I’ve been curious about and disappointed with the limited ability to update, combine, split, and otherwise have my way with the built-in Python dict, so I set out to have some fun and try to enhance the dict object.

Have a look at builtout: builtout/dictb.py.

>>> from builtout import dictb
>>> map = dictb(a=1, b=2, c=3)

dictb is just a dict subclass and it behaves pretty much just like any other dict:

>>> map == {'a': 1, 'b': 2, 'c': 3}
True

>>> isinstance(map, dict)
True

But, there are so many things I want to do with dict that I can’t …

Getting, Setting & Deleting Multiple Items

Items in a dict are accessed by passing a key in square brackets like so:

>>> map['a']
1

Now, what if I want the values for keys 'a' and 'c'? Just pass a list of keys!

>>> keys = ['a', 'c']

>>> tuple( map[keys] )
(1, 3)
>>> tuple( map[keys + keys] )
(1, 3, 1, 3)

That’s awesome! Instances of list are not hashable, so they fail for use as dict keys which gives us the opportunity to use them for another purpose here.

But, actually, I want a subset of map containing only those keys (not just the values). Just pass a set of keys!

>>> map[set(keys)] == {'a': 1, 'c': 3}
True

And what about the subset of map minus those keys?

>>> map - keys == {'b': 2}
True

So, you can get multiple values from, or a subset of, map … what about setting and deleting values and keys?

>>> map[keys] = 11, 33
>>> map == {'a': 11, 'b': 2, 'c': 33}
True

# or set all keys to the same value
>>> map[set(keys)] = 0
>>> map == {'a': 0, 'b': 2, 'c': 0}
True

Nice. And deleting keys?

>>> del map[keys]
>>> map == {'b': 2}
True

I’m starting to get excited. But this is only the beginning. Moving on …

Subsetting & Combining Dictionaries

Wait. I thought we just saw how to get a subset of map up above? Sure, but item access must fail if the key is missing. Remember that map is currently just {'b': 2}:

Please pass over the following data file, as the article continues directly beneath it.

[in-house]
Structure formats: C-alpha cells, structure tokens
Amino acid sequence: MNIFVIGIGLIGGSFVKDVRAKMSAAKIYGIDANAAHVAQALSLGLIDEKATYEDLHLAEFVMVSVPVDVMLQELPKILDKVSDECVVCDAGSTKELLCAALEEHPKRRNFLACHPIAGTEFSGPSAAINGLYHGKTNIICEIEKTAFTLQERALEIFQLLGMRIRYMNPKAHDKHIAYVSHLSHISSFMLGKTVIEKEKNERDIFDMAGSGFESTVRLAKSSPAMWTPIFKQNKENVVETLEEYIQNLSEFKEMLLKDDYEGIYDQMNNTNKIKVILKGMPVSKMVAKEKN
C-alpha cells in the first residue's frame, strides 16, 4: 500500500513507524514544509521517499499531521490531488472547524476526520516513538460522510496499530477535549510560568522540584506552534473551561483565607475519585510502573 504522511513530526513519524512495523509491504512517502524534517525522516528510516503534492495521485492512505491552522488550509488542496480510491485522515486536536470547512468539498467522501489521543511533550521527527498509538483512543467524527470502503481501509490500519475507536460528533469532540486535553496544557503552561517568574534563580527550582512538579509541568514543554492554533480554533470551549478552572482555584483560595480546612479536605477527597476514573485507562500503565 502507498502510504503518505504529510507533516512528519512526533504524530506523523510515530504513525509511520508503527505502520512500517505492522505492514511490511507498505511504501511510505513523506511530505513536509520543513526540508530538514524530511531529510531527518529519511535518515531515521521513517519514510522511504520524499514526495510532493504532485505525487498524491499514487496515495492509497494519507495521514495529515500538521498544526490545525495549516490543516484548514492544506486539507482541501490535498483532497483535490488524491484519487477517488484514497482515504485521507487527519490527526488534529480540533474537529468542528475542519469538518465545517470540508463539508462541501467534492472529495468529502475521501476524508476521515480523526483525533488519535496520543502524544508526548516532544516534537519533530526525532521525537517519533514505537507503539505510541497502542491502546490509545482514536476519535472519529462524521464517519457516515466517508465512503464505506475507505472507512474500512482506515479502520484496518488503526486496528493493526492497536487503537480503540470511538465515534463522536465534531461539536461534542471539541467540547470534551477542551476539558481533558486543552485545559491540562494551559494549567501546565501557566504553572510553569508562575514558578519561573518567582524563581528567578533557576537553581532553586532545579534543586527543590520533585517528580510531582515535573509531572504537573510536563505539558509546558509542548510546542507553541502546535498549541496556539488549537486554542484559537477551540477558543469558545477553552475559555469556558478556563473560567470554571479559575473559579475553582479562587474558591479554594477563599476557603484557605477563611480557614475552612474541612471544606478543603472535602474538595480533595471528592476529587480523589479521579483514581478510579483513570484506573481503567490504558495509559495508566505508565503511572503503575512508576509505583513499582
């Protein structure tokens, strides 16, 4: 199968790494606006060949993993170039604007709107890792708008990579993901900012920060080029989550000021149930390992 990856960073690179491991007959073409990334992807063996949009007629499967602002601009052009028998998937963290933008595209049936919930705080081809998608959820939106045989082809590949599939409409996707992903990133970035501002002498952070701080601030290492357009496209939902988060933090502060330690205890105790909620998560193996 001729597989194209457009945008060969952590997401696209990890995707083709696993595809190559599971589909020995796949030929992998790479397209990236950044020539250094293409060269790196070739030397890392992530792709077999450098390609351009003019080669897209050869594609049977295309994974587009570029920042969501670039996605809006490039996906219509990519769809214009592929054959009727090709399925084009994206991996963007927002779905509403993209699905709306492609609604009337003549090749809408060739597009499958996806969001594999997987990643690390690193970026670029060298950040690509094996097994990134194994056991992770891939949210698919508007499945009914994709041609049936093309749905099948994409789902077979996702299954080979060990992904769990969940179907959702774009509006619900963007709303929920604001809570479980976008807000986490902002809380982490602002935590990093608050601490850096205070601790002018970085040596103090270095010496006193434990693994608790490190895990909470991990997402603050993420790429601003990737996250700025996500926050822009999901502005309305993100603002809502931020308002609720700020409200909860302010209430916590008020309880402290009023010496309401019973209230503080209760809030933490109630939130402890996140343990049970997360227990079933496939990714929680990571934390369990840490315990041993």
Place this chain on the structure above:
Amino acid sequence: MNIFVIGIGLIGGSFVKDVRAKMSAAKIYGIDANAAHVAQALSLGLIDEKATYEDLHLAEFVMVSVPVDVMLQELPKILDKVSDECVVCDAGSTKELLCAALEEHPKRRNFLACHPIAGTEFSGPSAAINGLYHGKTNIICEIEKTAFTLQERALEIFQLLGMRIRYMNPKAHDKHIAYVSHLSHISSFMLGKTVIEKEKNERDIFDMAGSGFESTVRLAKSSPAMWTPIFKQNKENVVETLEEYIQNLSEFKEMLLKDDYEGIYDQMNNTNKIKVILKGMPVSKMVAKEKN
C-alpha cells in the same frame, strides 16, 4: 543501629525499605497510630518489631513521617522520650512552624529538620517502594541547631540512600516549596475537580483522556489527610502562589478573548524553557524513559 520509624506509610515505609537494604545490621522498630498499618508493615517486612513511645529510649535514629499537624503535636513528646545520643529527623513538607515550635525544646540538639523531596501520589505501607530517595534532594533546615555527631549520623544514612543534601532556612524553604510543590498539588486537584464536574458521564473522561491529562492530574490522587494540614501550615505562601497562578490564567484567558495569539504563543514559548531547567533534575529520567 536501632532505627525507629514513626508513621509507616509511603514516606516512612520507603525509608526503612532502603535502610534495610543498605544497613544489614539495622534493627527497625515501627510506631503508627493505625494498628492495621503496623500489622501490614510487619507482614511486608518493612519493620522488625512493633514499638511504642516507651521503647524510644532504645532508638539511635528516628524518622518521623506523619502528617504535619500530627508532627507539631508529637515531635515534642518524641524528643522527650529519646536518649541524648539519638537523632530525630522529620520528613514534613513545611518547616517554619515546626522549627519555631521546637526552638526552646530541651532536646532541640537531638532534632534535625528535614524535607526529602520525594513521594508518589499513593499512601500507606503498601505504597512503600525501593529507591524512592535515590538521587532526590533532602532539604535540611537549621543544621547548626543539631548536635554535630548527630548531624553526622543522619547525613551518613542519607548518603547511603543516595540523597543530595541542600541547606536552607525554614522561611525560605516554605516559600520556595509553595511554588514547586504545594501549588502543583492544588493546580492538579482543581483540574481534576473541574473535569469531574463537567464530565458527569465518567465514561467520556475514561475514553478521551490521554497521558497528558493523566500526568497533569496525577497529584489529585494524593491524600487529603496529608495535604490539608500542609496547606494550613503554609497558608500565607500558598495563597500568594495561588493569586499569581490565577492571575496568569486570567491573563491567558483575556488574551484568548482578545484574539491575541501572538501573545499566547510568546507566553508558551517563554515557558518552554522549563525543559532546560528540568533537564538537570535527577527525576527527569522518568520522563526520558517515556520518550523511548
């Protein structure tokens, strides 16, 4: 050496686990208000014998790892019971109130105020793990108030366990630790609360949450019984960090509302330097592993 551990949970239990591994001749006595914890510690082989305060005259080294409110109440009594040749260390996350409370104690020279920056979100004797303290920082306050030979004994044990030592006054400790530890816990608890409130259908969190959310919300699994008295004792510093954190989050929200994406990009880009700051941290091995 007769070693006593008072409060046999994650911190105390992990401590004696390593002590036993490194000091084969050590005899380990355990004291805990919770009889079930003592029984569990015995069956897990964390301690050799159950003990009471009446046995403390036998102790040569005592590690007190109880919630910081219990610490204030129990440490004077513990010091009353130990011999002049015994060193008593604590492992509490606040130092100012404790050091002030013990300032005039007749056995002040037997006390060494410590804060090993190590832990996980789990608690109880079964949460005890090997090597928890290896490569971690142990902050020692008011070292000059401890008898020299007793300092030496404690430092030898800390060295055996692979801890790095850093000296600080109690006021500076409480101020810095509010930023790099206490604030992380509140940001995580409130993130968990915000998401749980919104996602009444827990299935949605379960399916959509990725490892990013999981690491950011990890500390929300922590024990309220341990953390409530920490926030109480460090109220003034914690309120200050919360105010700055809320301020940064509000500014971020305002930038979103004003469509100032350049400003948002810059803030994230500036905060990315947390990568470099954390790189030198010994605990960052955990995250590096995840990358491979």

>>> map[keys]
Traceback (most recent call last):
    ...
KeyError: ['a', 'c']

Clearly that only works if we know ahead of time that the keys we’re requesting are present. But, what if I don’t konw?

>>> map & keys == {}
True

Ah, that’s more like it. How about a logical or?

>>> map | keys == {'a': None, 'b': 2, 'c': None}
True

Sweet! What happens if we or with two maps?

>>> map = map | {'a': 1, 'b': 'in left map so ignored', 'c': 3}
>>> map == {'a': 1, 'b': 2, 'c': 3}
True

Now map is back where it started. Let’s try the logical and again:

>>> map & keys == {'a': 1, 'c': 3}
True

That works swimmingly. Let’s try xor.

>>> map ^ {'b': 2, 'c': 3, 'd': 4} == {'a': 1, 'd': 4}
True

If you’re not excited at this point, I’m not sure what to tell you. But I’ll let you know what I think …

Thoughts

  • This is not a completely original idea, but it is an original implementation (afaik). And I believe Raymond’s comment on that post is only true for dict keys.

  • Subclassing dict is an ugly (but simple) way to accomplish this. I might rather have a set of functions which do the same thing but accept built-in dicts, something like: xor(map, map2) == {'a': 1, 'd': 4}.

  • Please don’t go use dictb on production code just yet. I need to write a suite of tests and the implementation will probably change somewhat. Help (and criticism) welcomed.

What do you think?


comments powered by Disqus